Although views differ as to how far and how fast reforms should proceed, there is now general consensus in the UK industryand more widely in Europethat there is no do-nothing option. No one's interest will be served by prolonging uncertainty about the conditions that will apply in a future regime. We certainly do not want to delay decisions; we need early progress to find sustainable solutions to the many difficult problems on which I am sure hon. Members will now wish to comment. It is important to be clear that there are areas on which there will be uncertainty until we have specific proposals from the Commission.
I can offer a clear view only on issues that are themselves clear. I understand that the Committee had doubts about whether this debate was timely. Exchanging views is always helpful, so I welcome the Committee's interestbut, having clarified the position as best I can, I have to warn the Committee that I cannot give certainty where there will be only uncertainty until we have a proposal from the Commission to which we can respond fully and in detail. None the less, I welcome any comments and suggestions from Committee members that may help us in thinking things through.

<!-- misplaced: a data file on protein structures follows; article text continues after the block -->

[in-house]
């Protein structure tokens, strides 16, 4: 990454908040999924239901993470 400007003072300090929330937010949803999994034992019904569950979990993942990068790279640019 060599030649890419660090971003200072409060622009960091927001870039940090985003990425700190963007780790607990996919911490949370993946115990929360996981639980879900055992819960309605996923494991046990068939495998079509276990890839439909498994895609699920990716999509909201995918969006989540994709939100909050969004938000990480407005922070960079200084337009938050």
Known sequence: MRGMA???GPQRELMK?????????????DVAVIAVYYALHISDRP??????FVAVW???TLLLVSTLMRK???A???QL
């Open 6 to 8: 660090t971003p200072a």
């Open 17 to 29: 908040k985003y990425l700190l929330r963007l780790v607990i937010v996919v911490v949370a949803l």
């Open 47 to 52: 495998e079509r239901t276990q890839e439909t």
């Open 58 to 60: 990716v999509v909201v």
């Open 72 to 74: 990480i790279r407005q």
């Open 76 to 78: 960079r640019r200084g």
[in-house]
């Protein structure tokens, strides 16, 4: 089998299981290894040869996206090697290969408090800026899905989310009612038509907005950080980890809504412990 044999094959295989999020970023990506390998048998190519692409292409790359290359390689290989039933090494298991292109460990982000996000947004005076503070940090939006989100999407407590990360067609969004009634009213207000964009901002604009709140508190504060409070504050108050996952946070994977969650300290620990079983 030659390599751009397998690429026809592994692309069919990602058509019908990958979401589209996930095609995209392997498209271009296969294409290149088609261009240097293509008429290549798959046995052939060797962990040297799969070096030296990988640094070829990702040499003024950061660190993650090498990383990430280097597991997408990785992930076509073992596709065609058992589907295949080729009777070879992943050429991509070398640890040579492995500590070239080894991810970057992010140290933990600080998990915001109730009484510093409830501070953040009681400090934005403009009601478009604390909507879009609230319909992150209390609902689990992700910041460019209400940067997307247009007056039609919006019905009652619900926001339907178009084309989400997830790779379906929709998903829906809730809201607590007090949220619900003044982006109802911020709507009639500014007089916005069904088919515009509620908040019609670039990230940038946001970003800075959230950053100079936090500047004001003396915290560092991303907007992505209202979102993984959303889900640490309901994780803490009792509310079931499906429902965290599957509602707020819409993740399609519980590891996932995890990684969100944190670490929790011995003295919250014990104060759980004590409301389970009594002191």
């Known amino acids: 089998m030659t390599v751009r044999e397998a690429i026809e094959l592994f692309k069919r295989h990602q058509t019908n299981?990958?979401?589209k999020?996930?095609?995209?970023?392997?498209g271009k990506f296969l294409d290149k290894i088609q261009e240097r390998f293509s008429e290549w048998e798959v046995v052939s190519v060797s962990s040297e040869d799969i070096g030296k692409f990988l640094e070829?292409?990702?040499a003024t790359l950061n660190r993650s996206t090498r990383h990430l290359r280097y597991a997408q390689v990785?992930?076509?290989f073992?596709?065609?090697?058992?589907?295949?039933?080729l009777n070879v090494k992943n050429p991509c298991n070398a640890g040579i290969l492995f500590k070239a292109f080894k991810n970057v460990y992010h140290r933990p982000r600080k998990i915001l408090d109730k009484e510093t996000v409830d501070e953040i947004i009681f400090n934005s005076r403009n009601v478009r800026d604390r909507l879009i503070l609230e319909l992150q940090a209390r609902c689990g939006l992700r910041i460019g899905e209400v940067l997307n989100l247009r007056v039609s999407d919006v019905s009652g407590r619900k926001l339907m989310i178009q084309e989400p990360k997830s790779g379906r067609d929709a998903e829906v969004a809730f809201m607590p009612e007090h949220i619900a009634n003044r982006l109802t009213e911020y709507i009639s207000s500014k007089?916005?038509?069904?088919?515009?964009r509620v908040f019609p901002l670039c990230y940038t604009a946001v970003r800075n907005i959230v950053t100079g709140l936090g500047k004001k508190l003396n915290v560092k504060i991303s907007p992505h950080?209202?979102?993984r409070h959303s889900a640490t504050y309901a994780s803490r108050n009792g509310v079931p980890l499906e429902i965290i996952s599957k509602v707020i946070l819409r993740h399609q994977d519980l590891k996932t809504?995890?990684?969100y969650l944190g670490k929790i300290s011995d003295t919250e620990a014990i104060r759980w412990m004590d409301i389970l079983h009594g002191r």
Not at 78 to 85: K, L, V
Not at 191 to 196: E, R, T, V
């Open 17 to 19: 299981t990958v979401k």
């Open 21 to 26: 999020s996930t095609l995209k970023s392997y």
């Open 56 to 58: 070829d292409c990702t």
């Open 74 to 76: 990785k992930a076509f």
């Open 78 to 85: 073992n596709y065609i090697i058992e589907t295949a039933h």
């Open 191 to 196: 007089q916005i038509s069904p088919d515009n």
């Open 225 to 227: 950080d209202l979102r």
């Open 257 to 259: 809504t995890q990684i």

The Chairman: I thank the Minister, and remind the Committee that questions are appropriate at this stage. We have until 4 o'clock, if need be, for Committee members to question the Minister. After that, we will enter a period of debate.
Mr. James Paice (South-East Cambridgeshire) (Con): Obviously, some questions arise, but as the Minister implied, many of them are relatively immaterial as we do not know the final proposals. However, I welcome the opportunity to ask a few questions.
Alun Michael: I am afraid that I cannot offer a great deal of clarification, because the implications of the proposals are not yet clear. As I say, we have only an indication. The hon. Gentleman is right to say that this is an important issue, and we look forward to its being clarified in the proposal. I would like to take that matter further with the hon. Gentleman, and I will discuss the question further with officials to see if I can add anything and come back to him. However, I cannot offer any clarification on the intentions of the Commission until we have the firm proposal.